From there, all information about the class can be acquired using such methods as:

I’m getting a warning or error about “Implicitly combining column X under attribute Y”

This condition refers to when a mapping contains two columns that are being mapped under the same attribute name due to their name, but there’s no indication that this is intentional. A mapped class needs to have explicit names for every attribute that is to store an independent value; when two columns have the same name and aren’t disambiguated, they fall under the same attribute and the effect is that the value from one column is copied into the other, based on which column was assigned to the attribute first.

This behavior is often desirable and is allowed without warning in the case where the two columns are linked together via a foreign key relationship within an inheritance mapping. When the warning or exception occurs, the issue can be resolved by either assigning the columns to differently-named attributes, or if combining them together is desired, by using column_property() to make this explicit.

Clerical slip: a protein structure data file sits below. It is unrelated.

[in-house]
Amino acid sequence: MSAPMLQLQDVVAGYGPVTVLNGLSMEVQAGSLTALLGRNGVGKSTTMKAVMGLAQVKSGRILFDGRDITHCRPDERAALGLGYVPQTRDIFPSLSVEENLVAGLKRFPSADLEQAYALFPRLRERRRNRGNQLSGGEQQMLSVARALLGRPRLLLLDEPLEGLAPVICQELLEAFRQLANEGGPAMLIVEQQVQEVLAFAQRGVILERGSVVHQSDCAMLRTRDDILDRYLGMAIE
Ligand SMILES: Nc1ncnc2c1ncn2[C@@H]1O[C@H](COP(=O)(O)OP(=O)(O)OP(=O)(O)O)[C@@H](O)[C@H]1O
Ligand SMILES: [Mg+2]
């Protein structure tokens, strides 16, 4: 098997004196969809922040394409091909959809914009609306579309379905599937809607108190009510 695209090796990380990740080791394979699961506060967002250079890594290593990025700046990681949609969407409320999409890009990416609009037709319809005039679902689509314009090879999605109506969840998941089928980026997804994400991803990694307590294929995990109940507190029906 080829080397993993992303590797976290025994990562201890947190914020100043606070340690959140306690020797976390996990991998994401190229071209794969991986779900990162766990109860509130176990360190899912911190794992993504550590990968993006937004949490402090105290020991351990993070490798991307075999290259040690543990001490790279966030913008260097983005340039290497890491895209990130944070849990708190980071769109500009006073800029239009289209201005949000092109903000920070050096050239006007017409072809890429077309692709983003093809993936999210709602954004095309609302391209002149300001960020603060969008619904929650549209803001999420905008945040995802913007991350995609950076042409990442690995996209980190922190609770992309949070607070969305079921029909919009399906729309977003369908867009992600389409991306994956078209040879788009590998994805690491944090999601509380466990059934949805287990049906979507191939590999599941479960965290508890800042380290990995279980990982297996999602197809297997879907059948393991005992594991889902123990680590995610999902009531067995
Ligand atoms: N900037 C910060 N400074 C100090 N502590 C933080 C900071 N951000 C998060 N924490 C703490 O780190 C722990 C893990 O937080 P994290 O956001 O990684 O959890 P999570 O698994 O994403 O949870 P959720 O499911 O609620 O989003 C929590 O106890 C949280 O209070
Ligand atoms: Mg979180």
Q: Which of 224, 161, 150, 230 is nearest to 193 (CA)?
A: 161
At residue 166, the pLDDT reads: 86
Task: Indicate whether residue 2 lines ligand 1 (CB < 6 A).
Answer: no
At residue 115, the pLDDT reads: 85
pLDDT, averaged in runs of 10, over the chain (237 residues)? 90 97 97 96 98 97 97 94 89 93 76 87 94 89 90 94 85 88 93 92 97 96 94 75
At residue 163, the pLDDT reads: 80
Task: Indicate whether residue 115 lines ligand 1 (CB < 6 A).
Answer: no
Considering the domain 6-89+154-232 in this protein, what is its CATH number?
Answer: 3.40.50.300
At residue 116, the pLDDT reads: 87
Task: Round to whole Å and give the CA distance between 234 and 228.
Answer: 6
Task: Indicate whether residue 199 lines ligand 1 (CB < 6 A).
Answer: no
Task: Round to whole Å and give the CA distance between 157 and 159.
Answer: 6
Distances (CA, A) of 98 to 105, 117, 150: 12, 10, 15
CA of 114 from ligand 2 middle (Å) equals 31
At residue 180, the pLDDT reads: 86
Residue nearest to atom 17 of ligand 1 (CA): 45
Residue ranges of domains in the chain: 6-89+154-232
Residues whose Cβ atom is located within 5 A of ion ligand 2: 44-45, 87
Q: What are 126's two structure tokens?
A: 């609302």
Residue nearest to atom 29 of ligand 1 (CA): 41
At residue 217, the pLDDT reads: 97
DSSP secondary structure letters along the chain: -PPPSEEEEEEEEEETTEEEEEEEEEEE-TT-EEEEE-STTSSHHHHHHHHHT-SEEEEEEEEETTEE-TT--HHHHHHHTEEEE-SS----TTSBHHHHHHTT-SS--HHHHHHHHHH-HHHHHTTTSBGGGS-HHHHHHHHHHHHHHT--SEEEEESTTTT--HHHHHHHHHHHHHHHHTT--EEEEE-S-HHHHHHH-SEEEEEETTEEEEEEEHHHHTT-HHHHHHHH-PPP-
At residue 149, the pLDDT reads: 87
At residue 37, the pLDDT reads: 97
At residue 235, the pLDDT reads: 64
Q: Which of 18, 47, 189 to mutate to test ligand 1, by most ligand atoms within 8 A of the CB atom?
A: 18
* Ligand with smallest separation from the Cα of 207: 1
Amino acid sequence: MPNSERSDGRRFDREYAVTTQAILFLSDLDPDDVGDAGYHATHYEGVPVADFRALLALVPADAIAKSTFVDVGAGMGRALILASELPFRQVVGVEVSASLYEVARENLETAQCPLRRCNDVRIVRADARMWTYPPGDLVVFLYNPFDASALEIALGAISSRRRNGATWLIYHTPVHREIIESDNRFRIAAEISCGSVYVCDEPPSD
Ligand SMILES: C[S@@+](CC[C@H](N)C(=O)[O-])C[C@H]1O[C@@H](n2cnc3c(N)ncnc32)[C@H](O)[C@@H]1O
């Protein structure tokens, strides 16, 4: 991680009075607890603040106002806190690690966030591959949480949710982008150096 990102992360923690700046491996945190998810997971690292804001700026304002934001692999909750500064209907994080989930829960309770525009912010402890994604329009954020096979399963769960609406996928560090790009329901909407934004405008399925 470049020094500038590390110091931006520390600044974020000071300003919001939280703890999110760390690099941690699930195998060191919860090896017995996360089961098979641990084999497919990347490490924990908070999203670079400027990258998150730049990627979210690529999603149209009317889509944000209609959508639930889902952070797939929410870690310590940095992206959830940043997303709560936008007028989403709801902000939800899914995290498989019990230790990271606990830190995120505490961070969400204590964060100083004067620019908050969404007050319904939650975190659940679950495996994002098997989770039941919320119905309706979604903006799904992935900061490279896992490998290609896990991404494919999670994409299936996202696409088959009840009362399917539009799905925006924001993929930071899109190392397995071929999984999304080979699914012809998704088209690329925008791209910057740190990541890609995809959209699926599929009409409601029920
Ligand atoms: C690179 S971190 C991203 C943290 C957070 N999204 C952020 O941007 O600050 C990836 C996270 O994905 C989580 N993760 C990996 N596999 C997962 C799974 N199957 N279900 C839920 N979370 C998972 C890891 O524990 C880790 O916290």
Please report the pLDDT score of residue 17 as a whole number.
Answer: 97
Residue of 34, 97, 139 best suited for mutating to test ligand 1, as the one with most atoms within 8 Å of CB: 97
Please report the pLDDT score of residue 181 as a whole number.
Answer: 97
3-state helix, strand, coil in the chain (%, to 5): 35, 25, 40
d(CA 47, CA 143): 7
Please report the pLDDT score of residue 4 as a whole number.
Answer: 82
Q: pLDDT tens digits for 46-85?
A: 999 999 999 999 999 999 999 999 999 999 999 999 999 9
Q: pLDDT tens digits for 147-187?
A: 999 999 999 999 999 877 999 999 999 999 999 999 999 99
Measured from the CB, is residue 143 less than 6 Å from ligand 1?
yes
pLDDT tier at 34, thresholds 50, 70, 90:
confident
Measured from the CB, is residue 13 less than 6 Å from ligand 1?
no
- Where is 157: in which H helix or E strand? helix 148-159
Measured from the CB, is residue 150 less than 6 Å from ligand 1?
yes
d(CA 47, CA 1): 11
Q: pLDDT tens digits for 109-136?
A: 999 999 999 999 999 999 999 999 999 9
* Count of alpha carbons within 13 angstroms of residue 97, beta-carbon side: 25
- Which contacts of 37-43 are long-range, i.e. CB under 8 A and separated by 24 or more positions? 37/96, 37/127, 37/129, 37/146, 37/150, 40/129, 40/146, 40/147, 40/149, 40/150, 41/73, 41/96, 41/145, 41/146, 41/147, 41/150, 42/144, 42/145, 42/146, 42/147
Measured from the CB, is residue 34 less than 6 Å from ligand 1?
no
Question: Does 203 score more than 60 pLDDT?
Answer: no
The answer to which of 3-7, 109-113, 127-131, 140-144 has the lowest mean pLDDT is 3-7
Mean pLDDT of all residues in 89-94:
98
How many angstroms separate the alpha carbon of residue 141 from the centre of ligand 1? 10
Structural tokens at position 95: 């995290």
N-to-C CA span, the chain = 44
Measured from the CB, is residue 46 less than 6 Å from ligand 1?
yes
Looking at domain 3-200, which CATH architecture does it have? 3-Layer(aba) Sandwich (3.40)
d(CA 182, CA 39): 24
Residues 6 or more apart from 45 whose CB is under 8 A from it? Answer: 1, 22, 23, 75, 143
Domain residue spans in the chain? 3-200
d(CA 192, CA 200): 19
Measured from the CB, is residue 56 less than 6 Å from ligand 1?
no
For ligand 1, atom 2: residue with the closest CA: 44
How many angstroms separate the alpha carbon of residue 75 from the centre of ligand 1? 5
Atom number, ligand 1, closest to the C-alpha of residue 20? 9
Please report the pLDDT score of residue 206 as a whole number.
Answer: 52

Given the example as follows:

from sqlalchemy import Integer, Column, ForeignKey
from sqlalchemy.ext.declarative import declarative_base

Base = declarative_base()

class A(Base):
    __tablename__ = 'a'

    id = Column(Integer, primary_key=True)

class B(A):
    __tablename__ = 'b'

    id = Column(Integer, primary_key=True)
    a_id = Column(Integer, ForeignKey('a.id'))

As of SQLAlchemy version 0.9.5, the above condition is detected, and will warn that the id column of A and B is being combined under the same-named attribute id, which above is a serious issue since it means that a B object’s primary key will always mirror that of its A.

A mapping which resolves this is as follows:

class A(Base):
    __tablename__ = 'a'

    id = Column(Integer, primary_key=True)

class B(A):
    __tablename__ = 'b'

    b_id = Column('id', Integer, primary_key=True)
    a_id = Column(Integer, ForeignKey('a.id'))

Suppose we did want A.id and B.id to be mirrors of each other, despite the fact that B.a_id is where A.id is related. We could combine them together using column_property():

class A(Base):
    __tablename__ = 'a'

    id = Column(Integer, primary_key=True)

class B(A):
    __tablename__ = 'b'

    # probably not what you want, but this is a demonstration
    id = column_property(Column(Integer, primary_key=True), A.id)
    a_id = Column(Integer, ForeignKey('a.id'))

I’m using Declarative and setting primaryjoin/secondaryjoin using an and_() or or_(), and I am getting an error message about foreign keys.

Are you doing this?:

class MyClass(Base):
    # ....

    foo = relationship("Dest", primaryjoin=and_("MyClass.id==Dest.foo_id", "MyClass.foo==Dest.bar"))